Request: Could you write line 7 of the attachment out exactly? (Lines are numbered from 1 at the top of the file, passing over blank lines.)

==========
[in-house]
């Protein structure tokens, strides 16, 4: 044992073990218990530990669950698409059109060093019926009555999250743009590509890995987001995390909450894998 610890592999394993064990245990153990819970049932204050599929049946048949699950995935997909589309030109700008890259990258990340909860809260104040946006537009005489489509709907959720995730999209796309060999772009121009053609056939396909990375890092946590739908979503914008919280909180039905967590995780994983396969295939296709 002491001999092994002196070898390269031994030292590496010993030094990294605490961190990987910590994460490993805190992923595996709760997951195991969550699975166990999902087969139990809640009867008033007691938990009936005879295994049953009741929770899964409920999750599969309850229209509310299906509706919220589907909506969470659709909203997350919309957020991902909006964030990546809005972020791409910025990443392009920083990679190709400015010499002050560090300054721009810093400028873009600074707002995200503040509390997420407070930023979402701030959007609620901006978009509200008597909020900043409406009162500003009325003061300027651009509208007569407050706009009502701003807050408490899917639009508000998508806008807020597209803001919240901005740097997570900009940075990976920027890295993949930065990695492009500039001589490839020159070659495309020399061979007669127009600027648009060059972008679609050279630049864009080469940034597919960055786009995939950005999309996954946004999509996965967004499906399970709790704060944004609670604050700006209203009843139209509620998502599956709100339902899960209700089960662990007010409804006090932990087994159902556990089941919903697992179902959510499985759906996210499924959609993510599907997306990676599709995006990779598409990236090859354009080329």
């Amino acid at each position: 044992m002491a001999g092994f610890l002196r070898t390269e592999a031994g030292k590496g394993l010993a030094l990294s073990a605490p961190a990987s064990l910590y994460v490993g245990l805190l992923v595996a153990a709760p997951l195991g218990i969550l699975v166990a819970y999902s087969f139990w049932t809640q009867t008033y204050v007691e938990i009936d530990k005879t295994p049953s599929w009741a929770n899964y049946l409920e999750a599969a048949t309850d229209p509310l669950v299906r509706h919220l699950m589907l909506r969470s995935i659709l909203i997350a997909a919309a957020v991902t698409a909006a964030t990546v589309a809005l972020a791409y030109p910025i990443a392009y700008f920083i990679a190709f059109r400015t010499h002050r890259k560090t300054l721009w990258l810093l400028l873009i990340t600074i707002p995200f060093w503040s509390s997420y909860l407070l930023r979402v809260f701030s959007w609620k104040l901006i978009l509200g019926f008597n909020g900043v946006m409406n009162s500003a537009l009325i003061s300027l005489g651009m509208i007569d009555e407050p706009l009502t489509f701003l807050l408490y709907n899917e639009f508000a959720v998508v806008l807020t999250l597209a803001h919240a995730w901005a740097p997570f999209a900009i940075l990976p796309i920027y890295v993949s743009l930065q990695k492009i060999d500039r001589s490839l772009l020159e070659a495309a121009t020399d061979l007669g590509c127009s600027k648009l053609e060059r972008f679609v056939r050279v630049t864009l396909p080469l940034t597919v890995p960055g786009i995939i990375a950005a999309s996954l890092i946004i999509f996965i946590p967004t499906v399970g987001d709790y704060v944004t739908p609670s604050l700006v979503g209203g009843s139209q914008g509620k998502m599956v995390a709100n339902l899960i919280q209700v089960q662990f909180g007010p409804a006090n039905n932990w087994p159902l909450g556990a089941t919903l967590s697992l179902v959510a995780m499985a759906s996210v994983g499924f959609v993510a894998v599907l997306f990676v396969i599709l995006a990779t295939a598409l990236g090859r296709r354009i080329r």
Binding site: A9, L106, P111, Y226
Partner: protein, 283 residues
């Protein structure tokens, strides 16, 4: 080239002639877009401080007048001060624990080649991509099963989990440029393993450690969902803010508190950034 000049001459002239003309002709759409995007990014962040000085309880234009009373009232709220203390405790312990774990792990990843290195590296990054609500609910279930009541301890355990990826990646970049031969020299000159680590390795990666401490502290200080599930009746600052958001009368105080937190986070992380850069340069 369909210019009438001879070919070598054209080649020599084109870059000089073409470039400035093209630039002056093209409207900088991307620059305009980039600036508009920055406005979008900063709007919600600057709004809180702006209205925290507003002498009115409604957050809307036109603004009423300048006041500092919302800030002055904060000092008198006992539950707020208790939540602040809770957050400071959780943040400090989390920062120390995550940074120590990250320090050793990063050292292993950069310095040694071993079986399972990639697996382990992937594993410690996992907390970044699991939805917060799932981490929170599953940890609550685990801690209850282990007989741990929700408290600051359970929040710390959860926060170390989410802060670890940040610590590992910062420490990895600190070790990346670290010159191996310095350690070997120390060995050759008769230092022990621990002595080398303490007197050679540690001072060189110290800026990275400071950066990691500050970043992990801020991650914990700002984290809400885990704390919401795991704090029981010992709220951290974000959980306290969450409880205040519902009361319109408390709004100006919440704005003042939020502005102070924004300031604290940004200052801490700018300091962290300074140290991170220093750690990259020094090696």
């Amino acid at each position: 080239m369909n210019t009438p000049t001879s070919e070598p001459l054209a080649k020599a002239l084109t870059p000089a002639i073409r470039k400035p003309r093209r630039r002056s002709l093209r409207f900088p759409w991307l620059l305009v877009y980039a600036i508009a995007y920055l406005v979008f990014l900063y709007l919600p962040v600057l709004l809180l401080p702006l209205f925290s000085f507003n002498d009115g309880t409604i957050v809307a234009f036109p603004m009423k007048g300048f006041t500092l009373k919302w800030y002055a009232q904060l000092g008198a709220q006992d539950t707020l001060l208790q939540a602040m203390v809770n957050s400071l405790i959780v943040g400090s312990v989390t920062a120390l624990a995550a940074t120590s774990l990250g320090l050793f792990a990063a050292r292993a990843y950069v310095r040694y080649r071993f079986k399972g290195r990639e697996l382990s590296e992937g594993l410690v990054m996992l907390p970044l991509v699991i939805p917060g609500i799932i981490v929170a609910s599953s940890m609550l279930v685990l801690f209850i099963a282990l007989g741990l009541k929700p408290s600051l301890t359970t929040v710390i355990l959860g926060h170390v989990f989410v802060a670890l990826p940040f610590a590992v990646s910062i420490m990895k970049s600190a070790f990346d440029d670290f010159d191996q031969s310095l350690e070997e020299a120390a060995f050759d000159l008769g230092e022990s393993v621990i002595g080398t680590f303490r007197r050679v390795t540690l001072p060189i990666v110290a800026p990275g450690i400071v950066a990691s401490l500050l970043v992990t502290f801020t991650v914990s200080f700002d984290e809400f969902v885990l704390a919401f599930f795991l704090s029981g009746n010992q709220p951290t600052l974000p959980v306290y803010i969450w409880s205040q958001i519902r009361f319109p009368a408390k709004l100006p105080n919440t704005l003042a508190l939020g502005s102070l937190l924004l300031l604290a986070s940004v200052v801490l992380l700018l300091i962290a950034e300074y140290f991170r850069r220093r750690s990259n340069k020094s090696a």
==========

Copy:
């Amino acid at each position: 080239m369909n210019t009438p000049t001879s070919e070598p001459l054209a080649k020599a002239l084109t870059p000089a002639i073409r470039k400035p003309r093209r630039r002056s002709l093209r409207f900088p759409w991307l620059l305009v877009y980039a600036i508009a995007y920055l406005v979008f990014l900063y709007l919600p962040v600057l709004l809180l401080p702006l209205f925290s000085f507003n002498d009115g309880t409604i957050v809307a234009f036109p603004m009423k007048g300048f006041t500092l009373k919302w800030y002055a009232q904060l000092g008198a709220q006992d539950t707020l001060l208790q939540a602040m203390v809770n957050s400071l405790i959780v943040g400090s312990v989390t920062a120390l624990a995550a940074t120590s774990l990250g320090l050793f792990a990063a050292r292993a990843y950069v310095r040694y080649r071993f079986k399972g290195r990639e697996l382990s590296e992937g594993l410690v990054m996992l907390p970044l991509v699991i939805p917060g609500i799932i981490v929170a609910s599953s940890m609550l279930v685990l801690f209850i099963a282990l007989g741990l009541k929700p408290s600051l301890t359970t929040v710390i355990l959860g926060h170390v989990f989410v802060a670890l990826p940040f610590a590992v990646s910062i420490m990895k970049s600190a070790f990346d440029d670290f010159d191996q031969s310095l350690e070997e020299a120390a060995f050759d000159l008769g230092e022990s393993v621990i002595g080398t680590f303490r007197r050679v390795t540690l001072p060189i990666v110290a800026p990275g450690i400071v950066a990691s401490l500050l970043v992990t502290f801020t991650v914990s200080f700002d984290e809400f969902v885990l704390a919401f599930f795991l704090s029981g009746n010992q709220p951290t600052l974000p959980v306290y803010i969450w409880s205040q958001i519902r009361f319109p009368a408390k709004l100006p105080n919440t704005l003042a508190l939020g502005s102070l937190l924004l300031l604290a986070s940004v200052v801490l992380l700018l300091i962290a950034e300074y140290f991170r850069r220093r750690s990259n340069k020094s090696a």